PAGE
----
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Sunday, May 26, 2024 | Back issues
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Power Plant Can Fight|Off Workers’ Tribal Case

(CN) - Operators of a Nevada power plant can sue Navajo officials to block a lawsuit in the tribal courts, the 9th Circuit ruled Thursday.

The dispute stems from the firing of two employees, both tribal members, at the Navajo Generating Station on the Navajo reservation land in northern Arizona.

After they were fired, the workers filed complaints with the Navajo Labor Commission against Salt River Project Agricultural Improvement and Power District and Headwaters Resources Inc., which own and operate the plant, respectively.

The workers say that Salt River and Headwaters fired them without just cause in violation of the Navajo Preference in Employment Act.

Though the plant operators argued that the Navajo Nation had no authority to regulate employment issues at the plant under the 1969 lease, the Navajo Nation Supreme Court let the case proceed.

Salt River and Headwaters then filed a federal complaint against the director of the Office of Navajo Labor Relations, members of the Navajo Nation Labor Commission and the justices of the Navajo Nation Supreme Court.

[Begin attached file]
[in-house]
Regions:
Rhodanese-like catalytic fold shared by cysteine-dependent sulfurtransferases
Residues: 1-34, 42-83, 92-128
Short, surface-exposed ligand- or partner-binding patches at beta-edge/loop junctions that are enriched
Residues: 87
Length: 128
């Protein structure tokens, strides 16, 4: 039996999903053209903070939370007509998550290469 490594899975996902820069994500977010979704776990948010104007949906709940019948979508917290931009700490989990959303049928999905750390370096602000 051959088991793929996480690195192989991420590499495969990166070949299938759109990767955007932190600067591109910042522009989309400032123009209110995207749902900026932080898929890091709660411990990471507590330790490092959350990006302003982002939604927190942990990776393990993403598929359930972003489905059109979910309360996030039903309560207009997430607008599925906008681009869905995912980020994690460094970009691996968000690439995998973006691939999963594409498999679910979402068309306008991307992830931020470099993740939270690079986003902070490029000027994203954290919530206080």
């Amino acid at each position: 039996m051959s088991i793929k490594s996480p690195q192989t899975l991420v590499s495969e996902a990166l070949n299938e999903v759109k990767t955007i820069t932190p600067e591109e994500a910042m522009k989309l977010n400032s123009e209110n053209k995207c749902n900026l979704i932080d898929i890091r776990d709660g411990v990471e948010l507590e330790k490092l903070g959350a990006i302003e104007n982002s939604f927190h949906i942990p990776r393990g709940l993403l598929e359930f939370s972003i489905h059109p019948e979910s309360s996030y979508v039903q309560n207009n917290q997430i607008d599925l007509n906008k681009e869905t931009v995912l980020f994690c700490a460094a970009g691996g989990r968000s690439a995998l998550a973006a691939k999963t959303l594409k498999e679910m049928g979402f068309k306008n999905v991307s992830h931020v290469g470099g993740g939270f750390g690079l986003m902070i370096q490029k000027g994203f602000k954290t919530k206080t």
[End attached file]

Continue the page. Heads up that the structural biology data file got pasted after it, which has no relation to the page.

The suit seeks an injunction to block the tribal case. A federal judge in Phoenix dismissed the case, however, after finding that the Navajo Nation was a necessary party but could not be sued because of sovereign immunity.

On Thursday, the federal appeals court in San Francisco found otherwise and remanded the case to Phoenix. The Navajo Nation itself is not a necessary party because the officials can represent the tribe's interest, the judges found.

"Here, the Navajo official defendants can be expected to adequately represent the Navajo Nation's interests," Judge Barry Silverman wrote for a three-judge panel. "First, the officials' interests are aligned with the tribe's interests: The officials are responsible for enforcing the Navajo Preference in Employment Act, and there is no suggestion that the officials' attempt to enforce the statute here is antithetical to the tribe's interests. Second, there is no reason to believe the Navajo official defendants cannot or will not make any reasonable argument that the tribe would make if it were a party. Third, there is no indication that the tribe would offer any necessary element to the action that the Navajo official defendants would neglect."

To hold otherwise, the judges found, would "effectively gut the Ex parte Young doctrine," which governs nonmonetary injunctive actions against state and tribal officials.

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